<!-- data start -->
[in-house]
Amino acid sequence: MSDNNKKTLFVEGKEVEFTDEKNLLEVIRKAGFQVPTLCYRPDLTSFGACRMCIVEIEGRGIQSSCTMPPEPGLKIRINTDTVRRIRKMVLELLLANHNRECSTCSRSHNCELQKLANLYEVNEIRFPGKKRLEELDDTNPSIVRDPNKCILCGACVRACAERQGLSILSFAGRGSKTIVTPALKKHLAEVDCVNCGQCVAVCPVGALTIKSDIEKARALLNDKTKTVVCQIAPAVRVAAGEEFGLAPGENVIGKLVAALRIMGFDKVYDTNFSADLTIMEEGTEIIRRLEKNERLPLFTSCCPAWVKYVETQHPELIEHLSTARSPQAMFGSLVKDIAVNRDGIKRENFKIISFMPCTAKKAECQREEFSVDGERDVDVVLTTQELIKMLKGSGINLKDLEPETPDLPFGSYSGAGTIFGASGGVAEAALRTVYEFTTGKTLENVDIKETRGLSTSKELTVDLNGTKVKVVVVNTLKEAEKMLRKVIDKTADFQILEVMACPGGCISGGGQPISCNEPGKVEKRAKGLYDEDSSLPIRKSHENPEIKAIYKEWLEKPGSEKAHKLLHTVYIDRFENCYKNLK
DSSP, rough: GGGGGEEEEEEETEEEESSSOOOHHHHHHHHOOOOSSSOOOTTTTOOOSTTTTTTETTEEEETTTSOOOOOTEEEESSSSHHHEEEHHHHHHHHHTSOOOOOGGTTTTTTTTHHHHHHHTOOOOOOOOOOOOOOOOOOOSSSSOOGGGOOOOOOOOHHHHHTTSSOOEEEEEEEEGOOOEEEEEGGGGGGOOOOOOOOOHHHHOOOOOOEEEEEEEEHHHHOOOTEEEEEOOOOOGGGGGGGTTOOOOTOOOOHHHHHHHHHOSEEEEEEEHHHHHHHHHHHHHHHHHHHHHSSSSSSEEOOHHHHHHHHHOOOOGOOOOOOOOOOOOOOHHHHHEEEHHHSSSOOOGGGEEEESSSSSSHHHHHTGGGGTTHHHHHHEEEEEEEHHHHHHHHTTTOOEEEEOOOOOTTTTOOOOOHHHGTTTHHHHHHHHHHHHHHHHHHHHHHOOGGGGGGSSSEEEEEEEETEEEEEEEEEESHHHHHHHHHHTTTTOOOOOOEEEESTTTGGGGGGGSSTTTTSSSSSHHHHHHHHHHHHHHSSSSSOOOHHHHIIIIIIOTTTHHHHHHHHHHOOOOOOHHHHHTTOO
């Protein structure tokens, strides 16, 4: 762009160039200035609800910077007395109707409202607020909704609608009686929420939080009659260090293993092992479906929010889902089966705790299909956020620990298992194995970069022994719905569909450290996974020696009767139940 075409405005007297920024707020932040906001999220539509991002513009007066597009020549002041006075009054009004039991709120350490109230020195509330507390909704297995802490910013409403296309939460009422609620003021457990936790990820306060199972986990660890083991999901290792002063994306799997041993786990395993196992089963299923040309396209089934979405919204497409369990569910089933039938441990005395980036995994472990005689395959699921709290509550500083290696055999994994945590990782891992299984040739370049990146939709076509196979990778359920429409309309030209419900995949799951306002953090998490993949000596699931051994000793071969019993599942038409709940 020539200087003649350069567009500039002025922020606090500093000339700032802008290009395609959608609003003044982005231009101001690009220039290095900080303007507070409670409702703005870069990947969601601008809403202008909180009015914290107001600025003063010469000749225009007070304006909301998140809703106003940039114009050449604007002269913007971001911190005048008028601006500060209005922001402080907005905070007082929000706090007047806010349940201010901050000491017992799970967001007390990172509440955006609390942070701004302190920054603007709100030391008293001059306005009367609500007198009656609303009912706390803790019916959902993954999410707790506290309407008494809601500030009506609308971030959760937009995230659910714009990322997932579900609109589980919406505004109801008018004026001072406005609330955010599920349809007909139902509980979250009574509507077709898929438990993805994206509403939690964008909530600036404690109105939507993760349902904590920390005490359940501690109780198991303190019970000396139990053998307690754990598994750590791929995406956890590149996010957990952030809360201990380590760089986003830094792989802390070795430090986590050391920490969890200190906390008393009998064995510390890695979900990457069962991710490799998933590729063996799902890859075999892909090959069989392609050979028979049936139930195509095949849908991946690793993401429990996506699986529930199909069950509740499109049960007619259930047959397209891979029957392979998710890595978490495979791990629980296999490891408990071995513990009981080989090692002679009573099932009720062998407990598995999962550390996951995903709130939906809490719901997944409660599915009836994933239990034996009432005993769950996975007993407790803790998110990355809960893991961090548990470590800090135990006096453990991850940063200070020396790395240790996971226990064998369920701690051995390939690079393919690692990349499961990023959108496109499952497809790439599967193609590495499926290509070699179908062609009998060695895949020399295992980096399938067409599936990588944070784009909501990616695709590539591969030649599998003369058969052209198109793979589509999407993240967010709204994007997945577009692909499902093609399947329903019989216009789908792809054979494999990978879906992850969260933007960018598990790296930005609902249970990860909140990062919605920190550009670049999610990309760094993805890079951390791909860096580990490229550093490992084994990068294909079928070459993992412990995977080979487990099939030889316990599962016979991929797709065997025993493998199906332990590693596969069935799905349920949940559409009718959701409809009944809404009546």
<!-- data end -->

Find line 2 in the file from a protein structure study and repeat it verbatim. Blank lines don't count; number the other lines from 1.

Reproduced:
Amino acid sequence: MSDNNKKTLFVEGKEVEFTDEKNLLEVIRKAGFQVPTLCYRPDLTSFGACRMCIVEIEGRGIQSSCTMPPEPGLKIRINTDTVRRIRKMVLELLLANHNRECSTCSRSHNCELQKLANLYEVNEIRFPGKKRLEELDDTNPSIVRDPNKCILCGACVRACAERQGLSILSFAGRGSKTIVTPALKKHLAEVDCVNCGQCVAVCPVGALTIKSDIEKARALLNDKTKTVVCQIAPAVRVAAGEEFGLAPGENVIGKLVAALRIMGFDKVYDTNFSADLTIMEEGTEIIRRLEKNERLPLFTSCCPAWVKYVETQHPELIEHLSTARSPQAMFGSLVKDIAVNRDGIKRENFKIISFMPCTAKKAECQREEFSVDGERDVDVVLTTQELIKMLKGSGINLKDLEPETPDLPFGSYSGAGTIFGASGGVAEAALRTVYEFTTGKTLENVDIKETRGLSTSKELTVDLNGTKVKVVVVNTLKEAEKMLRKVIDKTADFQILEVMACPGGCISGGGQPISCNEPGKVEKRAKGLYDEDSSLPIRKSHENPEIKAIYKEWLEKPGSEKAHKLLHTVYIDRFENCYKNLK